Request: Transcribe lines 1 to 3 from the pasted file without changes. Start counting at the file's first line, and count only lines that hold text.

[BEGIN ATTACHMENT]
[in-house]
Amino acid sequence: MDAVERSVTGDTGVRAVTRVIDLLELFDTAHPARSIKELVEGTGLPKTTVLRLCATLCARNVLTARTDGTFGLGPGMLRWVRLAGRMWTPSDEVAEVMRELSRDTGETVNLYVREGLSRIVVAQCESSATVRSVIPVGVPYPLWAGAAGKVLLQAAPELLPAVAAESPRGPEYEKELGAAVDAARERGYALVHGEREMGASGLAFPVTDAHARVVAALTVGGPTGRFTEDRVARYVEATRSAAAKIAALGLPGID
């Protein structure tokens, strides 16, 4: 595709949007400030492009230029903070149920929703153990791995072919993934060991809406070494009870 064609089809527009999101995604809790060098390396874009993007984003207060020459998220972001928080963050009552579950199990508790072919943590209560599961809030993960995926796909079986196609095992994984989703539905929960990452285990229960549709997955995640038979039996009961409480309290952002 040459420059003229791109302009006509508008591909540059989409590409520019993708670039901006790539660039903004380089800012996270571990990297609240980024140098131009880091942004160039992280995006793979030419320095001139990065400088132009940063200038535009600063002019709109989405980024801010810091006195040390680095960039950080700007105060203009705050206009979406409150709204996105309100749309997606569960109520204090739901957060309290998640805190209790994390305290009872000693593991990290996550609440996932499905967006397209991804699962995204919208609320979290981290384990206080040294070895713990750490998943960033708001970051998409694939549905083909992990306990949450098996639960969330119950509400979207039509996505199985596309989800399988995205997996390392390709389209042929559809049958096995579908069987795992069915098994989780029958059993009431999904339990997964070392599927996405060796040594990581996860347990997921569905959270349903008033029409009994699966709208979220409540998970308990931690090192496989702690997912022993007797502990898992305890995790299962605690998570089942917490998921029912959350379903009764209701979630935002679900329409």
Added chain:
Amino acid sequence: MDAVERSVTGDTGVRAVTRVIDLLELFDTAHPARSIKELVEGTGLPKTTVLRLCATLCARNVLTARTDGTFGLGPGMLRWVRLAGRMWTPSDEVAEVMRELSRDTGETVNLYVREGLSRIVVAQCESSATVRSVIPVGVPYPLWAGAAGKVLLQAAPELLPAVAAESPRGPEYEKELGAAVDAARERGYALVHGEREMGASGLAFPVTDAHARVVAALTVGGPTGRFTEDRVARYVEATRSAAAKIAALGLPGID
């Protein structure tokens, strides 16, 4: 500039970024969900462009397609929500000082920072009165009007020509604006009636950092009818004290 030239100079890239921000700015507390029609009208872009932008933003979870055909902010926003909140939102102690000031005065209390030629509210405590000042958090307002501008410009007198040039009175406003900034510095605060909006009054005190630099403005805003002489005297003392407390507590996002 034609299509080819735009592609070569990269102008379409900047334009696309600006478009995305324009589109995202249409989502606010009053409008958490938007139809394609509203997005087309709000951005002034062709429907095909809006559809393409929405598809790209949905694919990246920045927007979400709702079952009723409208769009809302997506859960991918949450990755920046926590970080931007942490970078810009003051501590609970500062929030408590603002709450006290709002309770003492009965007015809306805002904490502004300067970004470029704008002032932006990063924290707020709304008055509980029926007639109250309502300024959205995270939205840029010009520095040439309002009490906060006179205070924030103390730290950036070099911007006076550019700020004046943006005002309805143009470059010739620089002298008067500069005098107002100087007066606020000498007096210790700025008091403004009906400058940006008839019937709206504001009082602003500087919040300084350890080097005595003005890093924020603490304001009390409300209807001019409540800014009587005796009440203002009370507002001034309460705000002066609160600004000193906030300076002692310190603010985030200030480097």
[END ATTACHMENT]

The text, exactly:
[in-house]
Amino acid sequence: MDAVERSVTGDTGVRAVTRVIDLLELFDTAHPARSIKELVEGTGLPKTTVLRLCATLCARNVLTARTDGTFGLGPGMLRWVRLAGRMWTPSDEVAEVMRELSRDTGETVNLYVREGLSRIVVAQCESSATVRSVIPVGVPYPLWAGAAGKVLLQAAPELLPAVAAESPRGPEYEKELGAAVDAARERGYALVHGEREMGASGLAFPVTDAHARVVAALTVGGPTGRFTEDRVARYVEATRSAAAKIAALGLPGID
């Protein structure tokens, strides 16, 4: 595709949007400030492009230029903070149920929703153990791995072919993934060991809406070494009870 064609089809527009999101995604809790060098390396874009993007984003207060020459998220972001928080963050009552579950199990508790072919943590209560599961809030993960995926796909079986196609095992994984989703539905929960990452285990229960549709997955995640038979039996009961409480309290952002 040459420059003229791109302009006509508008591909540059989409590409520019993708670039901006790539660039903004380089800012996270571990990297609240980024140098131009880091942004160039992280995006793979030419320095001139990065400088132009940063200038535009600063002019709109989405980024801010810091006195040390680095960039950080700007105060203009705050206009979406409150709204996105309100749309997606569960109520204090739901957060309290998640805190209790994390305290009872000693593991990290996550609440996932499905967006397209991804699962995204919208609320979290981290384990206080040294070895713990750490998943960033708001970051998409694939549905083909992990306990949450098996639960969330119950509400979207039509996505199985596309989800399988995205997996390392390709389209042929559809049958096995579908069987795992069915098994989780029958059993009431999904339990997964070392599927996405060796040594990581996860347990997921569905959270349903008033029409009994699966709208979220409540998970308990931690090192496989702690997912022993007797502990898992305890995790299962605690998570089942917490998921029912959350379903009764209701979630935002679900329409």